When I bought my first computer, I knew next to nothing about them. I got a computer book, that was all in pictures and cartoons. At first I thought that it was silly, but as I started to learn, I found that the pictures were very simple for me to understand, and I learned very quickly.

I just looked around Amazon for something simple, and I found that the Dummies books have one that is especially for seniors:

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Robert Gentel
Sun 21 Dec, 2008 03:07 pm
Learning how to use a computer just requires curiosity or a bit of bravery. Most people I have seen who struggle with computers lack either or both. They are either not curious enough to try to click something they don't know about to see what happens or they are afraid they'll break something.

So what I like to do when I'm helping someone out is set up their computer so that they can't easily do something bad. So I setup an admin account with a password, then setup a regular account and tell them to only use the regular account. This way, they can't easily do stuff like delete all the windows files and if they get a virus or download spyware it can't do much damage.

Then I setup their desktop. Usability on the desktop comes down to something very simple at it's foundation: options. If there are 100 different things to click on the screen, it's harder than if ther are only the 10 most important things.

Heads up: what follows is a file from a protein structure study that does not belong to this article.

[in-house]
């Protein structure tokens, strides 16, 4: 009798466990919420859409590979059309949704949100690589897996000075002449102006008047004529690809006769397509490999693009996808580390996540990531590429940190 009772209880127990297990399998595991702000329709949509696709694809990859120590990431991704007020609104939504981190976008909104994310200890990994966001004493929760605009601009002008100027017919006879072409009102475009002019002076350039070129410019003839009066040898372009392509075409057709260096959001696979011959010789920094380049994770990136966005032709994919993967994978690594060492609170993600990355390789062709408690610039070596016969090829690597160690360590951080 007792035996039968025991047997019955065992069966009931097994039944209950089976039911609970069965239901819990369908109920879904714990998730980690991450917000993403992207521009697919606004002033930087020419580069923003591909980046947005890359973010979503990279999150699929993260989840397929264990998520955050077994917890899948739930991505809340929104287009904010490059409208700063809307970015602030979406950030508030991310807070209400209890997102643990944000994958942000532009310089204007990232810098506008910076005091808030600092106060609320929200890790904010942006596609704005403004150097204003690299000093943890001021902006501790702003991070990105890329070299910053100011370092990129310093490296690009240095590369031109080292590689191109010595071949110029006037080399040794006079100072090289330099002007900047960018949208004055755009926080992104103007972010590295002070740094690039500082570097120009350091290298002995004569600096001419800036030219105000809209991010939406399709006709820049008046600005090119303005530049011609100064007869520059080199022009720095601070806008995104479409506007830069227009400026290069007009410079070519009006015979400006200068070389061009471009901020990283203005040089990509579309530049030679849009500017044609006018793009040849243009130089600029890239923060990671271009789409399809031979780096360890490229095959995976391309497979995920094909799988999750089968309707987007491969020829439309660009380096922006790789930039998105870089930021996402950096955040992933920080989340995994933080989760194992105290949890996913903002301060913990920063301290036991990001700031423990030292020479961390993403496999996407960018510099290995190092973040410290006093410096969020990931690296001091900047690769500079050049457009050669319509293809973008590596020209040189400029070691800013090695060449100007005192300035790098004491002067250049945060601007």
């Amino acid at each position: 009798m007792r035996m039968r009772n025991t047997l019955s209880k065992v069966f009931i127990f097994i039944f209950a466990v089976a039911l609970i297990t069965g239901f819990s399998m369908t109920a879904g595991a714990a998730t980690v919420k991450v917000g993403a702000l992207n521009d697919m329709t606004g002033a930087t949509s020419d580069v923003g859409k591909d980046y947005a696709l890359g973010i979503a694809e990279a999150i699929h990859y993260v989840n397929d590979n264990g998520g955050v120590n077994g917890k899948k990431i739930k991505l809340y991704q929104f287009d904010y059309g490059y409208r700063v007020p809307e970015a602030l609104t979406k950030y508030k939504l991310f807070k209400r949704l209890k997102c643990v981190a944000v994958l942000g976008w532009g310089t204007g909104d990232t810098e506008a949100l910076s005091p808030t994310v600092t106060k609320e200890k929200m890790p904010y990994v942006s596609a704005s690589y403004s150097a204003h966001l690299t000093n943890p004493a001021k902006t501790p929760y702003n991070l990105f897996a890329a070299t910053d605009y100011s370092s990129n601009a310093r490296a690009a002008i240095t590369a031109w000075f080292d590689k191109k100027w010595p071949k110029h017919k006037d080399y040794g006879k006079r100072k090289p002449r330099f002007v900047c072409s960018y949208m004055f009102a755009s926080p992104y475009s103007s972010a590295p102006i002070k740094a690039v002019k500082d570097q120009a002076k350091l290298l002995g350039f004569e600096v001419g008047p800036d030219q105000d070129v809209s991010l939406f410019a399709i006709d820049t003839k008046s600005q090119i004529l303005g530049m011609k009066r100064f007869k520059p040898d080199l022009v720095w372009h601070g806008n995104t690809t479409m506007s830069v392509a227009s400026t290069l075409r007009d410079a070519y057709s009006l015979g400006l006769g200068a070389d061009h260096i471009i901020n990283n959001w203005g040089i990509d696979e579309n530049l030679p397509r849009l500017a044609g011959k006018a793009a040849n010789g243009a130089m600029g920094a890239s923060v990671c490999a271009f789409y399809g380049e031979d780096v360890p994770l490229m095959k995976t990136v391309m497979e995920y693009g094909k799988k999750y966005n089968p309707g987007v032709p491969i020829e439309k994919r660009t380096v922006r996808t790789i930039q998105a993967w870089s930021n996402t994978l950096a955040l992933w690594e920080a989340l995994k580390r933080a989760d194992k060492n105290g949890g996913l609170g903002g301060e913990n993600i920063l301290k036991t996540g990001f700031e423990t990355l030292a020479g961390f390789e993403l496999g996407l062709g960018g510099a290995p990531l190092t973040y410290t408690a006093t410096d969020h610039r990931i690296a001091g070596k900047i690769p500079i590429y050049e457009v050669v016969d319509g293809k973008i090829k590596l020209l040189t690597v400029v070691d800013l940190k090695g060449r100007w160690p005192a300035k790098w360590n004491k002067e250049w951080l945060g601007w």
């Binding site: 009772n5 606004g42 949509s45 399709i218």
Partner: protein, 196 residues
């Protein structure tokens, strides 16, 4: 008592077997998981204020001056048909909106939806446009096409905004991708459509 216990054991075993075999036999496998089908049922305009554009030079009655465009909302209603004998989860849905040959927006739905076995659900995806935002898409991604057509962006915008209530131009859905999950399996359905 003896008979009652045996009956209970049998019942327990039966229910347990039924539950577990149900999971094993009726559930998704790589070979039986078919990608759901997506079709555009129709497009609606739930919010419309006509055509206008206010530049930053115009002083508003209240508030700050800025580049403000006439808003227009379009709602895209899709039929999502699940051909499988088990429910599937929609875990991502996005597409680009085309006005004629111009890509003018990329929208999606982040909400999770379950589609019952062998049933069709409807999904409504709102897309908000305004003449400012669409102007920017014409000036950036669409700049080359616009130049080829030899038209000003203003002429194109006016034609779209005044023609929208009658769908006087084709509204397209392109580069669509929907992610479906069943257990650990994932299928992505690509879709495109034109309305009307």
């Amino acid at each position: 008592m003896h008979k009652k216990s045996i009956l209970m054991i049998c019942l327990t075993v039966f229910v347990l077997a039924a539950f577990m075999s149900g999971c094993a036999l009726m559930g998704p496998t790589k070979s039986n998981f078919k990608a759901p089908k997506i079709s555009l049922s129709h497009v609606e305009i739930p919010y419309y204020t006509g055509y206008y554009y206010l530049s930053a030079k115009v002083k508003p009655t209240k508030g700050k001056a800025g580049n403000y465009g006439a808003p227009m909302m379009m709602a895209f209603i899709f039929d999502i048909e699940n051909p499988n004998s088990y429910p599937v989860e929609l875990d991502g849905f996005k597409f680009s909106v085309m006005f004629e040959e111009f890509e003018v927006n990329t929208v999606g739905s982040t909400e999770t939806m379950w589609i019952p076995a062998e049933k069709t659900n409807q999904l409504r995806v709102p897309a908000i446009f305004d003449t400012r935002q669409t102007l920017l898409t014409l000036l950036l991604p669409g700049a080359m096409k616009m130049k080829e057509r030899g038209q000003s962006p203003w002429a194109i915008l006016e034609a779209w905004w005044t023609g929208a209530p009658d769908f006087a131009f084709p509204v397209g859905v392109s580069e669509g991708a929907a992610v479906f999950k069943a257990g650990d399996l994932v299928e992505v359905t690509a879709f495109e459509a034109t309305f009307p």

So I clean up the desktop. I get them set up so that the only icons on their desktop, their quick launch, etc are the ones they will use the most. I also change any default settings to the most optimum setting for the user (e.g. larger text or icons if needed, lock taskbars etc) and get the user set up for security (anti-virus installed and working, removal of whatever bundled test AV program came with the computer, operating system updates set to automatically update security fixes, etc).

So for example, a while back my grandmother (well into her 80s) wanted to ditch AOL dial up and get DSL. So I set up a gmail account for her and setup Outlook Express to get the email and walked he through the basics. I installed firefox for her, made it her default browser and setup the desktop and quicklaunch icons. I set the home page of the browser to a search engine, and showed her how to bookmark sites.

I also showed her how to listen to her music on Windows Media Player, and to rip CDs, but the ripping CDs part didn't stick.

But all in all, she used it very well. I had it setup pretty cleanly so that the couple of things she already used on computers were easy and accessible, and though she had trouble later with things like ripping CDs or exploring the rest of the computer she didn't have any trouble with the very basics of email, internet browsing, and music (oh, and the couple of windows games she liked playing).